On November 7, another piece of Nintendo’s brief online history will disappear forever. That’s when Miiverse, the artwork and message sharing service built into many Wii U games, will be discontinued because, as Nintendo puts it, “among other things, many users are switching to social networking services.” While users can request an archive of their own Miiverse messages and drawings, the millions of memes, bad jokes, sharp game criticismand more currently hosted on Miiverse will be removed from Nintendo’s public servers in a few months (some features of certain Wii U games will also be affected, as detailed in this FAQ).
That massive purge of player-created data was not acceptable to professional web developer Tim Miller. Shortly after Nintendo announced the shutdown of Miiverse last week, started an attempt to permanently archive the network’s public content, complete with a GitHub page and the support of Archive Team’s web preservers.
“Every time a social network goes down, we lose a tons of data,” Miller told Ars in an IRC chat. “Part of history, our culture, has been lost. In Miiverse, especially in the art section, you can see that people really put a lot of time and energy into it. And being able to save that for others to see and experience is hugely important.
“Just look at the people who are still making” splatoon art, right now, even if it disappears in a few months,” he continued. “Obviously some people care about it, and keeping this data [a] great thing for everyone. It is important to remember that when you give your data to these types of companies, they can just as easily throw it away. And with that comes years of history.”
While Miller says he understands why Nintendo is shutting down Miiverse in light of other broader social networks, he’s not happy with the company’s handling of all the user-generated data it’s collected over the years. “Right now Nintendo is going to ‘Don’t forget to click this button, then we’ll give you a zip at some point, now it’s your problem,'” he told Ars. “To me that’s a massive ‘fuck you’. At least it’s better than other companies that just shut down and don’t announce it, but they could do better.”
the scrape race
Archiving Miiverse is still in its infancy. Because Miiverse doesn’t have a public API, the team is still figuring out how to parse Miiverse URLs to get all the public data from the network via HTML scraping. Once that’s done, Miller and other volunteers will set up VM scripts that can crowdsource the download and processing through Archive Team’s Warrior tool.
So far, the team has identified more than 2 million different Miiverse users by following the trail of friend lists. While some of those users hide part of their profiles behind privacy settings, the vast majority of the posts themselves are public, Miller says.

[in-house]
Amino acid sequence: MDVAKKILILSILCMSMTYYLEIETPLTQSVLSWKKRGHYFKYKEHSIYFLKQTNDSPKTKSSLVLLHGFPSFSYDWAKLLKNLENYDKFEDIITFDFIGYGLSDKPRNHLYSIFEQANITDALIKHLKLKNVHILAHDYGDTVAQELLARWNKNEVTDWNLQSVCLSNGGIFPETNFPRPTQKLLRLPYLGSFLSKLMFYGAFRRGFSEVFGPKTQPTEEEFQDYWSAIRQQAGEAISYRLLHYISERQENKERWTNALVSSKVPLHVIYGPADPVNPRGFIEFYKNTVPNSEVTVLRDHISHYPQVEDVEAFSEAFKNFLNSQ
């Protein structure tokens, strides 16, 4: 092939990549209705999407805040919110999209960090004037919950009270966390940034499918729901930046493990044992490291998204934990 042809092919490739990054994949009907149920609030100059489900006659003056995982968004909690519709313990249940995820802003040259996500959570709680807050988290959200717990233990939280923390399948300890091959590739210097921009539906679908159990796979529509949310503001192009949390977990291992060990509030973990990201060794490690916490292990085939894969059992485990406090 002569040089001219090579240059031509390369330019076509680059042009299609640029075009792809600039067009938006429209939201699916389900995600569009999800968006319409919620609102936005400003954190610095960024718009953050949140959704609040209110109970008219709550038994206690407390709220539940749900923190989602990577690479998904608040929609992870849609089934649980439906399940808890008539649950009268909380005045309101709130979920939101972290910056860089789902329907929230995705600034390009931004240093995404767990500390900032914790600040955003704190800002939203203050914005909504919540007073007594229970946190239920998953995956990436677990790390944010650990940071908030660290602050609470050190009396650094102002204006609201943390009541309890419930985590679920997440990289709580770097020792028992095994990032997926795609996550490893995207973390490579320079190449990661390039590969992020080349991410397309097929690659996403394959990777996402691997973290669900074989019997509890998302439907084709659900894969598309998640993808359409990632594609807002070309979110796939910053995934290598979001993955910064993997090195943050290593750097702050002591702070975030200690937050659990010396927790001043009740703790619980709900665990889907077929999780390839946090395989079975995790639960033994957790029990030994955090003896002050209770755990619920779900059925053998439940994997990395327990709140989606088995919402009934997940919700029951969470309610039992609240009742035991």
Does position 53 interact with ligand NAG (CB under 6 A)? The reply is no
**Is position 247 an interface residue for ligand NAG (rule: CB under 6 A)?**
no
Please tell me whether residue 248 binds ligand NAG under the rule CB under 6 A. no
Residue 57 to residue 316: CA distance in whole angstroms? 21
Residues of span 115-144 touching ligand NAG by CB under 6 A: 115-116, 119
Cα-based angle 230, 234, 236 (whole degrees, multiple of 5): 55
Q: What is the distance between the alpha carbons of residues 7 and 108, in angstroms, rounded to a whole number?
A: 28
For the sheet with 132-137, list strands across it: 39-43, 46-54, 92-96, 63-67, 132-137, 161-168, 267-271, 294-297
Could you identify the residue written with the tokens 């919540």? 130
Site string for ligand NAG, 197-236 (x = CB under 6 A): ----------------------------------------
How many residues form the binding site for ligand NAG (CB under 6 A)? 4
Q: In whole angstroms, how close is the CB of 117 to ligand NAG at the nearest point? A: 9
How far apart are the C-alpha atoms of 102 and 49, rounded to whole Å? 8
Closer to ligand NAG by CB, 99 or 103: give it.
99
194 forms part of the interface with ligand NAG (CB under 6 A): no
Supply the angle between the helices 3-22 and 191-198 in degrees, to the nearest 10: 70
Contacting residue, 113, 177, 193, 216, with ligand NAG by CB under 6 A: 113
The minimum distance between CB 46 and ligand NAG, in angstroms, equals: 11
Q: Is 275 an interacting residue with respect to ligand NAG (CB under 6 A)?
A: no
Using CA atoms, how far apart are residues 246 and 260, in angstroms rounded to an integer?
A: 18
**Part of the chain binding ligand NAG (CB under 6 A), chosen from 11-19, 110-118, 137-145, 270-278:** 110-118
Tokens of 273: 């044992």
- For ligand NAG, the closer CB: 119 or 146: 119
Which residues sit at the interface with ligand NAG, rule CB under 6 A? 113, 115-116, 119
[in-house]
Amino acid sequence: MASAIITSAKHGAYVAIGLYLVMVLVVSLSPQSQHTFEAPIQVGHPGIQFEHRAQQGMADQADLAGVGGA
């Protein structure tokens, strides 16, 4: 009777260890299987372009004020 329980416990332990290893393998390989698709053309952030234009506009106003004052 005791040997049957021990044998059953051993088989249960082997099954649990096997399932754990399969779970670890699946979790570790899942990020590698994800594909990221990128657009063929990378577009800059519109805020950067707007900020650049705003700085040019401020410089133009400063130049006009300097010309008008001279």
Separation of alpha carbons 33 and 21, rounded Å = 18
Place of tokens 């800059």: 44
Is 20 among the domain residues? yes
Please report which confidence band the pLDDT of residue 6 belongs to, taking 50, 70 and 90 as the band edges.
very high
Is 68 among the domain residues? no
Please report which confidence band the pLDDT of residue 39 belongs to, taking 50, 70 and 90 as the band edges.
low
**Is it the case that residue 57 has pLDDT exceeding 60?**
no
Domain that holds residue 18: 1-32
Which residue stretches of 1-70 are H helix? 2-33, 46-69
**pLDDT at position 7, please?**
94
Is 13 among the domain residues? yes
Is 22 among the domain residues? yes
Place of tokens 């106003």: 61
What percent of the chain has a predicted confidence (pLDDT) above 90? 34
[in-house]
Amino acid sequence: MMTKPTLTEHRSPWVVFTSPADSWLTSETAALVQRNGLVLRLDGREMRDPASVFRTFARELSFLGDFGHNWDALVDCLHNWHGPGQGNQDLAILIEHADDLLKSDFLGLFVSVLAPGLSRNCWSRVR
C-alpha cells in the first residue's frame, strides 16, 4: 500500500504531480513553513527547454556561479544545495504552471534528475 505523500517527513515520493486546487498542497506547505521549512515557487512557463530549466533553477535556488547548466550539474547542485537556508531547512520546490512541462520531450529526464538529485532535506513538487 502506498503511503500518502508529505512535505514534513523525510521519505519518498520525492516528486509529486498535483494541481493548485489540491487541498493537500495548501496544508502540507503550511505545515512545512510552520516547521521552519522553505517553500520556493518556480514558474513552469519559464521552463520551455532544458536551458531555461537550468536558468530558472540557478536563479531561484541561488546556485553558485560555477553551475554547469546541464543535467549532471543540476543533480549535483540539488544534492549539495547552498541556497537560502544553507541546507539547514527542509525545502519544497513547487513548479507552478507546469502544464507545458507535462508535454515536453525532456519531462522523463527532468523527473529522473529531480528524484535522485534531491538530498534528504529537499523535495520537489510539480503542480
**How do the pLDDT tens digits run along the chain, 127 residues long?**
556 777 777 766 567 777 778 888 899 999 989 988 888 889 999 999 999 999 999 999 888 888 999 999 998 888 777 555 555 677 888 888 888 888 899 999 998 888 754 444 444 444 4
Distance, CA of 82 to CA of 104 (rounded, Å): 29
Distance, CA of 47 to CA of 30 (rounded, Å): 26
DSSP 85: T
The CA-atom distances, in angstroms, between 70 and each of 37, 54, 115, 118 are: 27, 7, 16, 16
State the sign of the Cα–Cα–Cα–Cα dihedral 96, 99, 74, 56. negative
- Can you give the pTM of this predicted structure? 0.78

It’ll be a bit of a race to scrape the millions of published Miiverse posts and drawings from all those users before the November 7 shutdown, but Miller is confident it’s possible with Archive Team’s resources. After that, Miller says he wants to organize everything in a database and maybe build a public website so people can browse the Miiverse archive at their leisure.
Those who forget history…
It’s not the first time Nintendo has relied on the public to preserve closed portions of its online legacy. After Nintendo shut down its Wii and DS multiplayer servers in 2014, hackers started working on their own tools that can replicate that gameplay on private servers. However, across the industry, publishers who don’t care much about preservation are doomed to extinction of many games that exist solely as digital downloads. Earlier this year, Nintendo closed the DSiWare store on original DS hardware (although most of those games remain available through the 3DS line). Last year, Sony shut down PlayStation Mobile, cutting off access to plenty of great Vita titles from smaller indie publishers.
Xbox Live’s Indie Games program will be completely discontinued later this year, leaving quite a few hidden gems without an online home. And Apple has started removing “problematic and abandoned” older games from the App Store, continuing a game removal process already initiated by many iOS game publishers themselves.
Storing all those titles (or even a valuable subset) will be a mammoth task for current and future game historians. For now, though, it’s nice to see a concerted effort to save the public history of Nintendo’s first social network.